It was a crisp, dew-soaked Sunday morning in June, on the rural outskirts of Lethbridge, Alberta, Canada, and Temple Hill Motorcross Park had come to an eerie standstill. The adrenaline-laced buzz of smoky two-strokes racing in all directions fell silent, save for the crackle of a single corner-worker's yellow flag whipping through the brisk morning air. Those in attendance stood in a solemn shock, their gaze fixed on one tiny figure lying motionless in the dirt.
A competitive freestyle BMX rider and drifter, Robert Parsons was beginning to discover weekend motocross riding as something he could enjoy apart from the responsibilities of daily life. Representing his sponsors, the workload of his job as a metal fabricator, and his plans for building a recently acquired Nissan 180SX were usually nowhere in mind during these precious few hours. But in this instant, they—mixed with sheer terror—flooded his mind. Moments earlier, Rob had come up short on a step-up and found himself in a mid-air collision course with a nasty-looking fence. He ditched his bike and avoided impalement, but landed awkwardly straight-legged, breaking both his legs (tibia, fibula, and femur), puncturing both lungs, and exploding his spine, completely severing his spinal cord. Of course, he didn't know all that at the time; he only knew he was unable to move and was quickly becoming unable to breathe.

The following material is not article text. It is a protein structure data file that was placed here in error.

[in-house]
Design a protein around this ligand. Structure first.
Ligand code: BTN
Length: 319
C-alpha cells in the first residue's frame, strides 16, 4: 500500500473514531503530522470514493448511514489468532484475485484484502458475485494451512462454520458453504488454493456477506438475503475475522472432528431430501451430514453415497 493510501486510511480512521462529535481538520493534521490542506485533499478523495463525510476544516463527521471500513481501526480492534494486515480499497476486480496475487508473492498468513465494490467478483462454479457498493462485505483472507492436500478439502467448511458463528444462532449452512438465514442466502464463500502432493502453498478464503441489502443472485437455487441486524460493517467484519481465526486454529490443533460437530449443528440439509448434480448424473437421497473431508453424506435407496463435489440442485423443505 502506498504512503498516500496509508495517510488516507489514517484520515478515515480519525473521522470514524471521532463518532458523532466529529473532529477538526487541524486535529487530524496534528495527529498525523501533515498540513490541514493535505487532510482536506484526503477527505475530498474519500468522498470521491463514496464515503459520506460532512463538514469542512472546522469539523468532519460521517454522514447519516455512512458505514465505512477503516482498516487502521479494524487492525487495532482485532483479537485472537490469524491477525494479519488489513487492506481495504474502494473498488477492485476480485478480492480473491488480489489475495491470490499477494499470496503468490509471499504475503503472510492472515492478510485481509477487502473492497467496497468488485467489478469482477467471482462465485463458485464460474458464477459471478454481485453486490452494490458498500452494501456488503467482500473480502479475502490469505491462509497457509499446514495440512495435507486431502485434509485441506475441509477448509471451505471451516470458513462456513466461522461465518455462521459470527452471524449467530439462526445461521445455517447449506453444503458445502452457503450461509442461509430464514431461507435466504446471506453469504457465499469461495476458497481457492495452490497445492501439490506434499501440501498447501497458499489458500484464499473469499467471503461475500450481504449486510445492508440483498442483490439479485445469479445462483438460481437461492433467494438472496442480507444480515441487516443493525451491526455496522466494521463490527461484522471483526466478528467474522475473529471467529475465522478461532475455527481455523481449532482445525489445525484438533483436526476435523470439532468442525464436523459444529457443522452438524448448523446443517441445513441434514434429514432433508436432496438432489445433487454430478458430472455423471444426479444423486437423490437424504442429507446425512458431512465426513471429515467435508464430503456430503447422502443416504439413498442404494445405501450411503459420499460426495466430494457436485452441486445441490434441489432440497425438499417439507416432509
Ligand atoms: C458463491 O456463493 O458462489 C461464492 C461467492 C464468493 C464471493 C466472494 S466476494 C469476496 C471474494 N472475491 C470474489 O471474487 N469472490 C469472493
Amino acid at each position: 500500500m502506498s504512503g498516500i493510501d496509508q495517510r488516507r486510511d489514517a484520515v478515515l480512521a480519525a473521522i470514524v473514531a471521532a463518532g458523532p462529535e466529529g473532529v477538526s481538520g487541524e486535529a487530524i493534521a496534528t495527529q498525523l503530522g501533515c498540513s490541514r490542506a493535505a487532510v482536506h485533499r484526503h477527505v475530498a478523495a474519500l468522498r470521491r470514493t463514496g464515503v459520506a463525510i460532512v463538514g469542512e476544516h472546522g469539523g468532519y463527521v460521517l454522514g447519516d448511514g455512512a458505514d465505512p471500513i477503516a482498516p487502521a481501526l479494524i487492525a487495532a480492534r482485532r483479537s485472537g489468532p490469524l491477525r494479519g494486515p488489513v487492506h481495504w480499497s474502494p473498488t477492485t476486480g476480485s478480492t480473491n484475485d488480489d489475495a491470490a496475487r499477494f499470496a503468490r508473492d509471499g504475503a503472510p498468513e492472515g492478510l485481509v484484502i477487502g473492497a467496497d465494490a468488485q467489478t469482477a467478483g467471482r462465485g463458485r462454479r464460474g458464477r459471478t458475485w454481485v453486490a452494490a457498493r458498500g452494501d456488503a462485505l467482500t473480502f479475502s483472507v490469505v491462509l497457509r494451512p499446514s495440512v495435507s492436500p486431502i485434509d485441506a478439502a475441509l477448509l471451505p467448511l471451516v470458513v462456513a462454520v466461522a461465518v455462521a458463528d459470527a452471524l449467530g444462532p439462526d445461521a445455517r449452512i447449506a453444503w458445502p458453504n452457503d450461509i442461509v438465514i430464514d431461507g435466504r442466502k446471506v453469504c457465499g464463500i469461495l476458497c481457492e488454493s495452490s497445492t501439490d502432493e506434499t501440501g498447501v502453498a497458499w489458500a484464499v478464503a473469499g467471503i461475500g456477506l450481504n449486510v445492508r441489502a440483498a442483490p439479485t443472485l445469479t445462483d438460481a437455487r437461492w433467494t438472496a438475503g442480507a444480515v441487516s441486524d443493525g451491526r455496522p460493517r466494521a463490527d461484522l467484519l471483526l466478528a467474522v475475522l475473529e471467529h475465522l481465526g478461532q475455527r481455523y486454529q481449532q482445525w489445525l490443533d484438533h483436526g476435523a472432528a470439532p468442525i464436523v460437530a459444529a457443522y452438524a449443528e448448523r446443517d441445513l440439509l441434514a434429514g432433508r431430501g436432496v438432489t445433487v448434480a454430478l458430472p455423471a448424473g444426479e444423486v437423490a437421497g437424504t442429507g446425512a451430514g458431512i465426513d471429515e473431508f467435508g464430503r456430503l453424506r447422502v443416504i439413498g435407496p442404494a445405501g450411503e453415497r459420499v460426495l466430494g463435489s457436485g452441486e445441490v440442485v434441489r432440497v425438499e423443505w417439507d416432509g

Before fading from consciousness, Rob pierced the silence with three uncharacteristic words. "I need help!"
Rob spent the next few hours in transit between two hospitals, being resuscitated in and out of consciousness. Lengthy surgeries and a near-fatal E. coli infection stretched his hospital stay to six months, and as he became aware of the extent of his injuries, he realized his entire life had changed. "I had no idea what I was going to do," he recalls. "I felt dead inside."
Inpatient confinement gave way to outpatient rehabilitation, and Rob began seeing possibilities for living the life he'd begun to build for himself. BMX was out, but the more he thought about it, the more he realized building his car and continuing with drifting were more than possible. He had two choices: He could resign to a life of disability (and really, who could blame him?), or he could harness his ingenuity and new mobility and simply get on with it.